Congratulations on your achievements. It is our hope that many other orthopaedic societies will follow in your footsteps.
Lisa K. Cannada, MD
David D. Teuscher, MD
- Cannada LK, Teuscher DD: Women in Orthopaedics: The Attraction is Mutual. AAOS Now August 2016, p.1.
- Van Heest AE, Fishman F, Agel J: A 5-year update on the uneven distribution of women in orthopaedic surgery residency training programs in the United States. J Bone Joint Surg 2016; 98A:1328.
"Women in Orthopaedics: The Attraction Is Mutual" (AAOS Now, August 2016) by Lisa K. Cannada, MD, and David D. Teuscher, MD, immediate past president of the AAOS, supports a "glass half-full" concept of the strides made in our profession. We agree with the authors that figures can be deceiving; indeed, data misrepresentation can be dangerous and hurt efforts to promote and attain true diversity in orthopaedic surgery. Lack of gender and ethnic diversity in orthopaedics, and medical specialties in general, affects patient access to care and decisions that are made about care, as well as innovation and progress. Studies indicate it is downright harmful. Research has shown that patients prefer to obtain care—and receive better care—from physicians who have a similar background with respect to gender, ethnicity, and race.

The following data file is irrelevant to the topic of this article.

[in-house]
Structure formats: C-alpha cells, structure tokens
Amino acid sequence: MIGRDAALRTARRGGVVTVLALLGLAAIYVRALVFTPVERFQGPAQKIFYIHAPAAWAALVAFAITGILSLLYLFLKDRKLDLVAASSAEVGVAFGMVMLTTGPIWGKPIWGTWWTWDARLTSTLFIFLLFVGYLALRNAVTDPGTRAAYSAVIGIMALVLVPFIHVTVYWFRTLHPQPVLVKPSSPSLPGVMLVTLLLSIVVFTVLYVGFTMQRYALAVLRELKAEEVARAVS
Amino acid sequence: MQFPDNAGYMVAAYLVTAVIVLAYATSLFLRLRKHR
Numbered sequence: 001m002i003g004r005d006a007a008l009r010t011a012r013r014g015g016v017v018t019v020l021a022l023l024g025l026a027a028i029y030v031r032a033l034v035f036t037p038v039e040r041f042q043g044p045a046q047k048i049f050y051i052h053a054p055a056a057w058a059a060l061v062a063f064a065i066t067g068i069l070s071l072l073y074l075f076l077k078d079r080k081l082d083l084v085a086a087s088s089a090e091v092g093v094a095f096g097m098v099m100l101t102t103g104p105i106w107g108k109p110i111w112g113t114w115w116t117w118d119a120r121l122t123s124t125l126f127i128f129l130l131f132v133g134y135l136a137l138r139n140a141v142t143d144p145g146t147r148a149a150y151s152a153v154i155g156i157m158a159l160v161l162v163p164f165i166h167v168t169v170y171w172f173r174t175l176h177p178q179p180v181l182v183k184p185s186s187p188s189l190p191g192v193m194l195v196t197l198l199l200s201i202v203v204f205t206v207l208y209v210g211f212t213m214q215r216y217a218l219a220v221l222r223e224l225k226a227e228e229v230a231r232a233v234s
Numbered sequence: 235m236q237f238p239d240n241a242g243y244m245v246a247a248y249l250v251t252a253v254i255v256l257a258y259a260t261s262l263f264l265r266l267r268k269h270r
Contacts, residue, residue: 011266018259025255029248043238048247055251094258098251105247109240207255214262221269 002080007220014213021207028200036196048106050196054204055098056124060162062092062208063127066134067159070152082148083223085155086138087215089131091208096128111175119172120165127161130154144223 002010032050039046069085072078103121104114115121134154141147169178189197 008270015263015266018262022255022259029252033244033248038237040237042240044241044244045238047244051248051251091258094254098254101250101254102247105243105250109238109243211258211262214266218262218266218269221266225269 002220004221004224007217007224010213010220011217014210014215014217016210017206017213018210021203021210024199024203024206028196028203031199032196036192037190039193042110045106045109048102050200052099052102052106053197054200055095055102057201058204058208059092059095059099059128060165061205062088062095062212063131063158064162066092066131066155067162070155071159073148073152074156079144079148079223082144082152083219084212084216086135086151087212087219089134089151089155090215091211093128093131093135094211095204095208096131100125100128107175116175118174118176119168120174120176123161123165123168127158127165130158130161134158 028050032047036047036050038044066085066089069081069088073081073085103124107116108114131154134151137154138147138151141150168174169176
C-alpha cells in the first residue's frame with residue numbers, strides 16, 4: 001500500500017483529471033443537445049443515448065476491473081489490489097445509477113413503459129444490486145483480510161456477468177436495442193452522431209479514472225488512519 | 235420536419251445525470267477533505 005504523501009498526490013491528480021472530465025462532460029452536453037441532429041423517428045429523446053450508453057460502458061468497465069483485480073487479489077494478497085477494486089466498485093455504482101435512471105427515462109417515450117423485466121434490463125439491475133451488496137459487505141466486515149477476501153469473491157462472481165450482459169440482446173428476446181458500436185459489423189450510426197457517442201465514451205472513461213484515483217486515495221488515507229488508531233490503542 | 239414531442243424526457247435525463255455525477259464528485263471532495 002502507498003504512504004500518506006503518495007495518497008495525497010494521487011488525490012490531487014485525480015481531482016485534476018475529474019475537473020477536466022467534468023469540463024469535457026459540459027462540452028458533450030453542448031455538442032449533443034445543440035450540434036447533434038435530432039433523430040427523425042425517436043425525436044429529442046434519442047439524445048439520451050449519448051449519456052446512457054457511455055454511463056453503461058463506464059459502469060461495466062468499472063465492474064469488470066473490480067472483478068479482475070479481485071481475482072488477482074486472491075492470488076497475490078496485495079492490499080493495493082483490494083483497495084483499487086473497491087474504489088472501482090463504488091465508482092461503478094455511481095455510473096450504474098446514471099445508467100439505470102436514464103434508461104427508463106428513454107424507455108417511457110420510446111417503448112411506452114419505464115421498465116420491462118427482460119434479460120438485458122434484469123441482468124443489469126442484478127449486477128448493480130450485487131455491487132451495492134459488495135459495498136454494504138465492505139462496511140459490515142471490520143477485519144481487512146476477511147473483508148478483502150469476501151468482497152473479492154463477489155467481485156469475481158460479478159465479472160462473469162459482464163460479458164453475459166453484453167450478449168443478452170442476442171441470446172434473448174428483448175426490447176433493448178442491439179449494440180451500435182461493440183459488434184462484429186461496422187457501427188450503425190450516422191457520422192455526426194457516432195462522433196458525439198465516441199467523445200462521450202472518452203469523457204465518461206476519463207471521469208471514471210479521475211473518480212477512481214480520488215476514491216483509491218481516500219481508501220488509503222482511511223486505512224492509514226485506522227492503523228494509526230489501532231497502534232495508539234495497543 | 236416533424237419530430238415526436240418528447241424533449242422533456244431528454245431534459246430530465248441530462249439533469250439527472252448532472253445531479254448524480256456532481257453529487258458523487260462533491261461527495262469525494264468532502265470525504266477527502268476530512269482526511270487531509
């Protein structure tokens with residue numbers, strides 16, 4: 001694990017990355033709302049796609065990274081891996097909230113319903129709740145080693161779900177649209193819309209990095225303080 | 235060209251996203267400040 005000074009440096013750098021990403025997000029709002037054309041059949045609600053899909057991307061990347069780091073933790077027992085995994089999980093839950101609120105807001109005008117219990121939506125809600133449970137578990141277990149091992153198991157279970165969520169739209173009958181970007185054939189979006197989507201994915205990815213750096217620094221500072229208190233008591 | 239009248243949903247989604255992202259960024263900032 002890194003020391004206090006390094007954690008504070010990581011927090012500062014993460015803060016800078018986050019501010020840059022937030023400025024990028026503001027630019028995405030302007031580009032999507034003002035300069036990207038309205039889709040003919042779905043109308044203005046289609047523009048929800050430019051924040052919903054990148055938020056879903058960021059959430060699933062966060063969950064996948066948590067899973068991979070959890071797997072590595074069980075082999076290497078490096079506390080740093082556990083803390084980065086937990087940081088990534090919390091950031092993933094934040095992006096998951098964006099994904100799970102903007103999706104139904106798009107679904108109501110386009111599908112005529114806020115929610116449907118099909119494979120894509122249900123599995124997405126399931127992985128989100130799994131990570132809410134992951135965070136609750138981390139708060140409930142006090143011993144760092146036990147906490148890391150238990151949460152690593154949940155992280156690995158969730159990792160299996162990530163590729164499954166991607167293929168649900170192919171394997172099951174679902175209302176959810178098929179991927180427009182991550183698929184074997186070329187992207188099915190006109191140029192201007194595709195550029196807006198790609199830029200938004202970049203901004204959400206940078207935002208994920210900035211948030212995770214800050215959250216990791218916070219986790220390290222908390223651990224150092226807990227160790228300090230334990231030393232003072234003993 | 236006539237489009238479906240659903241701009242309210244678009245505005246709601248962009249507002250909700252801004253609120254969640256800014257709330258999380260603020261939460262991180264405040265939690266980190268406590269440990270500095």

Although the percentage of female residents in orthopaedics is increasing, it has risen only 7 percent in nearly 2 decades (19 years). Without significant and sustained efforts, it is mathematically unlikely that women will account for 30 percent of orthopaedic surgeons by the close of the century. (This is the number generally considered to be acceptable to confer diversity in a defined group and allow self-sustaining diversity to continue in that defined group.) Rather than congratulating ourselves on the small amount of progress that has been made, therefore, we should be refocusing and escalating efforts to improve diversity.
With regard to deceptive figures, percentages DO matter. No matter how you look at the numbers, the specialty of orthopaedic surgery has been unable to move the needle past 14 percent women trainees. Meanwhile, all other surgical subspecialties, including urology and neurosurgery—traditionally male-centric—have left us in the dust in terms of percentages of women.
We appreciate the authors identifying the accomplishments of individual women in our specialty. These represent, however, just a handful of women in leadership roles over a period of many years. For example, the only woman president of the American Society for Surgery of the Hand served a decade and a half ago, despite women in hand surgery accounting for approximately 25 percent of all hand fellows. Most orthopaedic societies, whether or not within the Board of Specialty Societies, have never had a woman president.